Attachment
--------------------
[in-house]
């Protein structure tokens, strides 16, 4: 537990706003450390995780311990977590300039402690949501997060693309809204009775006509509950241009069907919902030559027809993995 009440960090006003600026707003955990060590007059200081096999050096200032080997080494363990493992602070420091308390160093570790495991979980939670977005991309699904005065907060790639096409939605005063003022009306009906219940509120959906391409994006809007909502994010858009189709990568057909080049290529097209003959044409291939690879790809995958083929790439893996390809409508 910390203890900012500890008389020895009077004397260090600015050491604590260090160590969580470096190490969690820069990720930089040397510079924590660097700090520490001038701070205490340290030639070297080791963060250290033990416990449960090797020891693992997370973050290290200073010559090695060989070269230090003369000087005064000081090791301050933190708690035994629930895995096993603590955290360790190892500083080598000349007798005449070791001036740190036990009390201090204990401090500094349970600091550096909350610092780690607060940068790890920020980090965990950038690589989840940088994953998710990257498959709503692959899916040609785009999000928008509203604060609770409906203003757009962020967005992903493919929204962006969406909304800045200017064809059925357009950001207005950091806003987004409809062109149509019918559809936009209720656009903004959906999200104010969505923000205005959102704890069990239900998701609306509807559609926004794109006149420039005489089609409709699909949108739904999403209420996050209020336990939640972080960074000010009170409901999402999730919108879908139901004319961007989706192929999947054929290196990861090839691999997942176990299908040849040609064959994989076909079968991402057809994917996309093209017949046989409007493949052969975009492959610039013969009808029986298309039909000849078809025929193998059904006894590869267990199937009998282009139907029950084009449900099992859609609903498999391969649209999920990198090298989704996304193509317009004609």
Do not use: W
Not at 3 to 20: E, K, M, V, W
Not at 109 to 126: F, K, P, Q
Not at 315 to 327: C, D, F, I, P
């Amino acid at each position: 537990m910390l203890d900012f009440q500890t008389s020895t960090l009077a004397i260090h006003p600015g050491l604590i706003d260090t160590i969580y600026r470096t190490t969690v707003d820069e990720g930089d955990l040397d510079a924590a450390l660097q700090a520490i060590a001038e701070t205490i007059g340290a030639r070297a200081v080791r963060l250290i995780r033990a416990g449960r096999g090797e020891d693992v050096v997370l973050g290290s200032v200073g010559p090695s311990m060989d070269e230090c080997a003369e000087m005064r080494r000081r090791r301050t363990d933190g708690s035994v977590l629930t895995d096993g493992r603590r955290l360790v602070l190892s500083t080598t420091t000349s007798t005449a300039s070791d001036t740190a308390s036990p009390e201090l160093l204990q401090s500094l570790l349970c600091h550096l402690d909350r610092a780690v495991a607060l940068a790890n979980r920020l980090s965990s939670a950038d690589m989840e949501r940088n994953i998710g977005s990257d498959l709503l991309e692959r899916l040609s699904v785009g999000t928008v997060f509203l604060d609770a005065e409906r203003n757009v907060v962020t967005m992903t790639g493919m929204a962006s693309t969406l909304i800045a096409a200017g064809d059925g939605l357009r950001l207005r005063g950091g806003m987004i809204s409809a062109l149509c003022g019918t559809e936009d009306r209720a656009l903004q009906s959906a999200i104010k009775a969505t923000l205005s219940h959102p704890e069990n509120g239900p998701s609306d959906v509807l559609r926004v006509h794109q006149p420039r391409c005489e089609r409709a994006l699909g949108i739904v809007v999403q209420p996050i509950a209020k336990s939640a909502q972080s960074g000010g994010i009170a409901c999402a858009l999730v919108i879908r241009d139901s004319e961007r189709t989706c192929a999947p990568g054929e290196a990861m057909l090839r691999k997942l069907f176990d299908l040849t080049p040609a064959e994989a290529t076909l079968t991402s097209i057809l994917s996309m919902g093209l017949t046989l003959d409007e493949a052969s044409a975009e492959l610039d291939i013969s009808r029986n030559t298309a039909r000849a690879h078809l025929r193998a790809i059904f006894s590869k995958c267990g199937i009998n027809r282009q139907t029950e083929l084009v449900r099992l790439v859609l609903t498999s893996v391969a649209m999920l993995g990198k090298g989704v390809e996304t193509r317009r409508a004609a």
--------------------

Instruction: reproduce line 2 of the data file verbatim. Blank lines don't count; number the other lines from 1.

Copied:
């Protein structure tokens, strides 16, 4: 537990706003450390995780311990977590300039402690949501997060693309809204009775006509509950241009069907919902030559027809993995 009440960090006003600026707003955990060590007059200081096999050096200032080997080494363990493992602070420091308390160093570790495991979980939670977005991309699904005065907060790639096409939605005063003022009306009906219940509120959906391409994006809007909502994010858009189709990568057909080049290529097209003959044409291939690879790809995958083929790439893996390809409508 910390203890900012500890008389020895009077004397260090600015050491604590260090160590969580470096190490969690820069990720930089040397510079924590660097700090520490001038701070205490340290030639070297080791963060250290033990416990449960090797020891693992997370973050290290200073010559090695060989070269230090003369000087005064000081090791301050933190708690035994629930895995096993603590955290360790190892500083080598000349007798005449070791001036740190036990009390201090204990401090500094349970600091550096909350610092780690607060940068790890920020980090965990950038690589989840940088994953998710990257498959709503692959899916040609785009999000928008509203604060609770409906203003757009962020967005992903493919929204962006969406909304800045200017064809059925357009950001207005950091806003987004409809062109149509019918559809936009209720656009903004959906999200104010969505923000205005959102704890069990239900998701609306509807559609926004794109006149420039005489089609409709699909949108739904999403209420996050209020336990939640972080960074000010009170409901999402999730919108879908139901004319961007989706192929999947054929290196990861090839691999997942176990299908040849040609064959994989076909079968991402057809994917996309093209017949046989409007493949052969975009492959610039013969009808029986298309039909000849078809025929193998059904006894590869267990199937009998282009139907029950084009449900099992859609609903498999391969649209999920990198090298989704996304193509317009004609």